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The ins and outs of LLCs

| Jul 21, 2020 | Firm News |

When it comes to starting a company, there are several different structures an entrepreneur can choose from. Many small business owners start off as independent contractors before deciding to formalize their operation. When they do register as a business, they may choose to structure it as a sole proprietorship or as an LLC. In some cases, there are advantages to choosing one type of business over the other. New Hampshire state laws are important in determining that.

A sole proprietorship means that a single person is going into business for themselves. Sometimes, they choose a new name and set up a DBA. An LLC, or limited liability company, is different. A limited liability company protects the property of its owners, so they can’t be held personally responsible for debts incurred by the company. This type of business is established according to rules set up at the state level. That means California-registered LLCs will be different from those set up in New York or New Hampshire.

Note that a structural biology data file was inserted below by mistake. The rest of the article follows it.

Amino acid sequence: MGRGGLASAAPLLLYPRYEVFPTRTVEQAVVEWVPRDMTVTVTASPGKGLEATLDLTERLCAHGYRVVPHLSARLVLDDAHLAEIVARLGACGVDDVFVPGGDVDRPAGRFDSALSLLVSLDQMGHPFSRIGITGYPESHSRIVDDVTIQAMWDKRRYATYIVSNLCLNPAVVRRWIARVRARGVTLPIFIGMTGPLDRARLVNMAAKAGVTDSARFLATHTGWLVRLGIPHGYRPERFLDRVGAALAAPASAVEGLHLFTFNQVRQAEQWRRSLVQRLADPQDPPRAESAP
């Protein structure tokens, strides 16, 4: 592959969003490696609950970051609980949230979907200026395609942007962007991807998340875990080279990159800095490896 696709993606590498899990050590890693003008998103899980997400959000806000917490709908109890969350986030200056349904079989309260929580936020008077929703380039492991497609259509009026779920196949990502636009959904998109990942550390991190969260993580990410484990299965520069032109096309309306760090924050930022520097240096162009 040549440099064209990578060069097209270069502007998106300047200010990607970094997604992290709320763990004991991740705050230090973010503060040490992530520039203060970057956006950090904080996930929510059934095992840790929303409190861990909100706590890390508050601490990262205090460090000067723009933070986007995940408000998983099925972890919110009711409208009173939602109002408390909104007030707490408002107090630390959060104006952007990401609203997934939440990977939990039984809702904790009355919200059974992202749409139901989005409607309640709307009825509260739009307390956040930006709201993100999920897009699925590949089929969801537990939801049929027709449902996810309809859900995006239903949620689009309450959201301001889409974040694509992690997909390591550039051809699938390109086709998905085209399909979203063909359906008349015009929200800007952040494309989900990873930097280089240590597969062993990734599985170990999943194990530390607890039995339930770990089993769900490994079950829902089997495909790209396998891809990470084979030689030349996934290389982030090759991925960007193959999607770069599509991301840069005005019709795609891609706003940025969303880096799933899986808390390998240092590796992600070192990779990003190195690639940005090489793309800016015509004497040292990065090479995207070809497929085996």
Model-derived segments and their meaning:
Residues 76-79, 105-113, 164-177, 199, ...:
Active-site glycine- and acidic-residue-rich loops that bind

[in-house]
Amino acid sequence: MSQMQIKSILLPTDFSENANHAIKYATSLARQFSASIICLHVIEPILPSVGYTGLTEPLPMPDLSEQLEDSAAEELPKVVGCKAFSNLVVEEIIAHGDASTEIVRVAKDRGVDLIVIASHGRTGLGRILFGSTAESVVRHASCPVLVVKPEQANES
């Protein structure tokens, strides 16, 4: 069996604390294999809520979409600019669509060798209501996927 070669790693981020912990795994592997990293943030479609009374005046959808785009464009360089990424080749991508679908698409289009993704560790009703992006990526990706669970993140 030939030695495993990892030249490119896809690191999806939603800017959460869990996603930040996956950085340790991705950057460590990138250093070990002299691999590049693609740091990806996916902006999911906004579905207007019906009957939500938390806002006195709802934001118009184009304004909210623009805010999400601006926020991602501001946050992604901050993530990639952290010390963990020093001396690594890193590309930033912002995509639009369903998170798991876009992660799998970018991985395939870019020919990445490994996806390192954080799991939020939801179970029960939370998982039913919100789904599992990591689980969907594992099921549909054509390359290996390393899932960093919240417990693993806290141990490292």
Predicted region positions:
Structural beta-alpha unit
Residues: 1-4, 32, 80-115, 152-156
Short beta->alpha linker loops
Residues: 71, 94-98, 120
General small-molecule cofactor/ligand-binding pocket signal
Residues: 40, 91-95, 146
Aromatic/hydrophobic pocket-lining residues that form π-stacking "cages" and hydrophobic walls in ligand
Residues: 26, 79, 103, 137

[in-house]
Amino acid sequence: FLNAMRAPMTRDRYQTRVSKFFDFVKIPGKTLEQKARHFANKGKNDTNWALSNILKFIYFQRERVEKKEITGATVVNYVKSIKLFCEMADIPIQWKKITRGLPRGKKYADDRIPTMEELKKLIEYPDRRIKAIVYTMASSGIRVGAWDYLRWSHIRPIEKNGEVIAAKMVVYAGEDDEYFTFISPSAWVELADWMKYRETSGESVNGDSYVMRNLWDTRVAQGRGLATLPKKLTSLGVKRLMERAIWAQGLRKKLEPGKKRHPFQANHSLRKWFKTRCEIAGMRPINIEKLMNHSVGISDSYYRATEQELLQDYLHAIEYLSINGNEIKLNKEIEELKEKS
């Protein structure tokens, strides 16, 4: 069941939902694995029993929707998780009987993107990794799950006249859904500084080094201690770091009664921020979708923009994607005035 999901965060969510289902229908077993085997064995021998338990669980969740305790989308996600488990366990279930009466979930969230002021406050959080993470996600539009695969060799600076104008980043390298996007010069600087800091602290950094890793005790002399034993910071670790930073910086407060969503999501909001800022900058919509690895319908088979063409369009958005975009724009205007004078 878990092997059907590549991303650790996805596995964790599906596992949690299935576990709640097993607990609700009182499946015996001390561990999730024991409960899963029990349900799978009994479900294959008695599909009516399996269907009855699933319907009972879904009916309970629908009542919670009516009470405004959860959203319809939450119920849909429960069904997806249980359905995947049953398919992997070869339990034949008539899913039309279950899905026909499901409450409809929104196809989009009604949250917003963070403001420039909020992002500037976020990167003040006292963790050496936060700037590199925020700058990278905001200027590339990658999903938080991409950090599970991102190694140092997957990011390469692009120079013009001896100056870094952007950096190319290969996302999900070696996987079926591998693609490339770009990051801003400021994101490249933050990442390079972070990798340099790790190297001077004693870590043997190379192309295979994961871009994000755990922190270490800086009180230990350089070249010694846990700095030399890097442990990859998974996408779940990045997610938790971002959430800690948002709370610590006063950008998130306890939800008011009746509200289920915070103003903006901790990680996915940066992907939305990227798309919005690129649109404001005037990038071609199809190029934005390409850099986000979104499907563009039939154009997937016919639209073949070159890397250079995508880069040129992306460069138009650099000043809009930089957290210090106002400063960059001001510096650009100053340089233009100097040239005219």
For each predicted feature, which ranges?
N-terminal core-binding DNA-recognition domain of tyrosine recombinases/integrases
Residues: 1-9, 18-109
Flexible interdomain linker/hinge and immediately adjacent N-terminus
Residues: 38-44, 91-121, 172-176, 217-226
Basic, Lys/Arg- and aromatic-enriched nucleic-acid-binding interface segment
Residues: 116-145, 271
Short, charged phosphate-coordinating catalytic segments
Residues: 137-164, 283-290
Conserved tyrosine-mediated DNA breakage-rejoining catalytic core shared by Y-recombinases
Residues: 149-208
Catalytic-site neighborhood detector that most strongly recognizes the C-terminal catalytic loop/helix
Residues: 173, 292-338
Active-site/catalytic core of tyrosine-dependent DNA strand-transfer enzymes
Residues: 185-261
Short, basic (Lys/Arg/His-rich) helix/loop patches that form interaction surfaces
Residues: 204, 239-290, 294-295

In most states, LLCs can be formed by an individual, a group of people or other businesses. Even foreign interests can own LLCs in the United States. They are governed by different rules compared to domestic LLCs. For tax purposes, the IRS may classify an LLC as a disregarded entity, partnership or corporation. It all depends on how many people are a part of the company and what decisions they’ve made.

Sometimes, businesses disagree with the IRS determination. When that happens, they can file paperwork with the IRS asking to change it. All of this can be intimidating and complicated for entrepreneurs who aren’t well-versed in business law matters. When these situations arise, it may be a good idea to have an experienced business law firm explain their options.


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